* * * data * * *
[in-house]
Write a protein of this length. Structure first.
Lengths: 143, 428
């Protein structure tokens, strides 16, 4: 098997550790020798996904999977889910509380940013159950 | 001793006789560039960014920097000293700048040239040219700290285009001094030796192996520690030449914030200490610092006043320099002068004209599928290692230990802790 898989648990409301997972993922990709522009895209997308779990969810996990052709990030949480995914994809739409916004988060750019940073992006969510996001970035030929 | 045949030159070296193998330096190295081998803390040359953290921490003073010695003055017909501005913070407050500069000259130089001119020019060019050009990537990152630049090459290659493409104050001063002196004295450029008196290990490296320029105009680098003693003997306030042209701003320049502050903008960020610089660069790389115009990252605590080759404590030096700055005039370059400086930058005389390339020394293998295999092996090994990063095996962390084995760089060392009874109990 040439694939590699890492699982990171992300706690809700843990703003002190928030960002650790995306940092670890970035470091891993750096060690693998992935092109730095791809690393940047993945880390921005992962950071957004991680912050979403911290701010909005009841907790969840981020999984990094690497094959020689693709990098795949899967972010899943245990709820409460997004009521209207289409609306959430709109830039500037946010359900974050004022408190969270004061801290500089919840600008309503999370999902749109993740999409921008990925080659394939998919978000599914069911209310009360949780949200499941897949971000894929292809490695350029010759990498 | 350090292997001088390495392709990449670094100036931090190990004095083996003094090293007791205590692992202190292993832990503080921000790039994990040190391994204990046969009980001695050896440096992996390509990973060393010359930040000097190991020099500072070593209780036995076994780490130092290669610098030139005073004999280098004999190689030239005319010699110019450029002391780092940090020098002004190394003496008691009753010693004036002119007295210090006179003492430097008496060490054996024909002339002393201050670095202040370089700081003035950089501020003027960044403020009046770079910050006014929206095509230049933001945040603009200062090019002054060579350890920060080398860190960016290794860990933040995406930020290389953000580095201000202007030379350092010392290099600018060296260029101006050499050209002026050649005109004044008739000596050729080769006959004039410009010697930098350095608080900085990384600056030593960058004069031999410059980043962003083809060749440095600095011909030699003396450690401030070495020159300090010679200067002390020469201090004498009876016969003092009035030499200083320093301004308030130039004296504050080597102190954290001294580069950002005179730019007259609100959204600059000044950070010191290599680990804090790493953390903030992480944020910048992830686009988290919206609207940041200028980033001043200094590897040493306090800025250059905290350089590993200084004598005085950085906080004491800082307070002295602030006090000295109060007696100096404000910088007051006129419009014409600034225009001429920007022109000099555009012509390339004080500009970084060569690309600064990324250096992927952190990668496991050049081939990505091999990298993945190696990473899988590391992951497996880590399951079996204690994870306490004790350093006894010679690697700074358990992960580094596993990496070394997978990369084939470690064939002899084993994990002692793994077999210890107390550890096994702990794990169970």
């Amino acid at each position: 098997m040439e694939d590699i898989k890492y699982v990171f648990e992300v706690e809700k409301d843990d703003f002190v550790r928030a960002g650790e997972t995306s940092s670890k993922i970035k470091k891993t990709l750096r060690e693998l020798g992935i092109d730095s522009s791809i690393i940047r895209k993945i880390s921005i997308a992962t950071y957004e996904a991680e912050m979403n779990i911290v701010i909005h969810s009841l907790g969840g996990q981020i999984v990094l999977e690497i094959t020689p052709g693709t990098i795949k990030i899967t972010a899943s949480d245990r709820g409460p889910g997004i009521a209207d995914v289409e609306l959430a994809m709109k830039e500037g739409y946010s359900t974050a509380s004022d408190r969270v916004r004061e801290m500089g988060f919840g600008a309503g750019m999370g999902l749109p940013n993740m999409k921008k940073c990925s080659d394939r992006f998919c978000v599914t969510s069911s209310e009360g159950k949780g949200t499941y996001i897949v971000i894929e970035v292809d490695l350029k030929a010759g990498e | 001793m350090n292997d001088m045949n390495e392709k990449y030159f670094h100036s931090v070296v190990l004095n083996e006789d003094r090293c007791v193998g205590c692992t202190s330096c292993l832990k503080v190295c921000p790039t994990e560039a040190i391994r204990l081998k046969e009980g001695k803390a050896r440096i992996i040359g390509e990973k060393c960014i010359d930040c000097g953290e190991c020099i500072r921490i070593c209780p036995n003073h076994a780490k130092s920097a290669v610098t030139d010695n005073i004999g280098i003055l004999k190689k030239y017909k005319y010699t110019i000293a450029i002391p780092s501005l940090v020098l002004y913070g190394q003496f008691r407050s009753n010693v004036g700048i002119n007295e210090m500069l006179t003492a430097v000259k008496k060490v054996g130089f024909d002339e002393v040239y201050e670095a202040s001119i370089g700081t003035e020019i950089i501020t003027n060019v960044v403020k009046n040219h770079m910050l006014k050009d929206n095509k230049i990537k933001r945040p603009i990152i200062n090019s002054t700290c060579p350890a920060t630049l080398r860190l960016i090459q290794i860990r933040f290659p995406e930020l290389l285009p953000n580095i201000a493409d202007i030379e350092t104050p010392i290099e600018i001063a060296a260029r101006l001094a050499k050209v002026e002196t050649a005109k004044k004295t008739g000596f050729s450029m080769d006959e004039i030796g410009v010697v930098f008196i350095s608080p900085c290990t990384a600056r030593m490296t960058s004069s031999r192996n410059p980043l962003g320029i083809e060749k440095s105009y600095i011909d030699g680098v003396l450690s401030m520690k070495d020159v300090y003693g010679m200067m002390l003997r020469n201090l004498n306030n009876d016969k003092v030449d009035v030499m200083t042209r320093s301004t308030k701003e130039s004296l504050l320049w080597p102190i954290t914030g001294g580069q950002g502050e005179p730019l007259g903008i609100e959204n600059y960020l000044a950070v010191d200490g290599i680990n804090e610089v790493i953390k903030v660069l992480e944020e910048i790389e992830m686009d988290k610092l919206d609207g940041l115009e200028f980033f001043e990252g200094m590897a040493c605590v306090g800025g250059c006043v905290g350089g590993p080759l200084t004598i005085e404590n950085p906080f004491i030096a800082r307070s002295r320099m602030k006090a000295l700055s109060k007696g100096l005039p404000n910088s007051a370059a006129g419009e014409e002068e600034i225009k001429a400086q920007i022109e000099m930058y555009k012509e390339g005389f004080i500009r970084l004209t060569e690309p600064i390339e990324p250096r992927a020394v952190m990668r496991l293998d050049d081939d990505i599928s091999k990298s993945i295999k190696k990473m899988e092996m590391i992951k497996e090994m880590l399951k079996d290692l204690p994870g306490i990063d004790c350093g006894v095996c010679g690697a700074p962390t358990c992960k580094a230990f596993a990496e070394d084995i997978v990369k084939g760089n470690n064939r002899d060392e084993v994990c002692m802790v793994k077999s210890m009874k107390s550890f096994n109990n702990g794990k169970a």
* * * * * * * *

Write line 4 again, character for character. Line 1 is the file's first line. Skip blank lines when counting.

């Protein structure tokens, strides 16, 4: 098997550790020798996904999977889910509380940013159950 | 001793006789560039960014920097000293700048040239040219700290285009001094030796192996520690030449914030200490610092006043320099002068004209599928290692230990802790 898989648990409301997972993922990709522009895209997308779990969810996990052709990030949480995914994809739409916004988060750019940073992006969510996001970035030929 | 045949030159070296193998330096190295081998803390040359953290921490003073010695003055017909501005913070407050500069000259130089001119020019060019050009990537990152630049090459290659493409104050001063002196004295450029008196290990490296320029105009680098003693003997306030042209701003320049502050903008960020610089660069790389115009990252605590080759404590030096700055005039370059400086930058005389390339020394293998295999092996090994990063095996962390084995760089060392009874109990 040439694939590699890492699982990171992300706690809700843990703003002190928030960002650790995306940092670890970035470091891993750096060690693998992935092109730095791809690393940047993945880390921005992962950071957004991680912050979403911290701010909005009841907790969840981020999984990094690497094959020689693709990098795949899967972010899943245990709820409460997004009521209207289409609306959430709109830039500037946010359900974050004022408190969270004061801290500089919840600008309503999370999902749109993740999409921008990925080659394939998919978000599914069911209310009360949780949200499941897949971000894929292809490695350029010759990498 | 350090292997001088390495392709990449670094100036931090190990004095083996003094090293007791205590692992202190292993832990503080921000790039994990040190391994204990046969009980001695050896440096992996390509990973060393010359930040000097190991020099500072070593209780036995076994780490130092290669610098030139005073004999280098004999190689030239005319010699110019450029002391780092940090020098002004190394003496008691009753010693004036002119007295210090006179003492430097008496060490054996024909002339002393201050670095202040370089700081003035950089501020003027960044403020009046770079910050006014929206095509230049933001945040603009200062090019002054060579350890920060080398860190960016290794860990933040995406930020290389953000580095201000202007030379350092010392290099600018060296260029101006050499050209002026050649005109004044008739000596050729080769006959004039410009010697930098350095608080900085990384600056030593960058004069031999410059980043962003083809060749440095600095011909030699003396450690401030070495020159300090010679200067002390020469201090004498009876016969003092009035030499200083320093301004308030130039004296504050080597102190954290001294580069950002005179730019007259609100959204600059000044950070010191290599680990804090790493953390903030992480944020910048992830686009988290919206609207940041200028980033001043200094590897040493306090800025250059905290350089590993200084004598005085950085906080004491800082307070002295602030006090000295109060007696100096404000910088007051006129419009014409600034225009001429920007022109000099555009012509390339004080500009970084060569690309600064990324250096992927952190990668496991050049081939990505091999990298993945190696990473899988590391992951497996880590399951079996204690994870306490004790350093006894010679690697700074358990992960580094596993990496070394997978990369084939470690064939002899084993994990002692793994077999210890107390550890096994702990794990169970």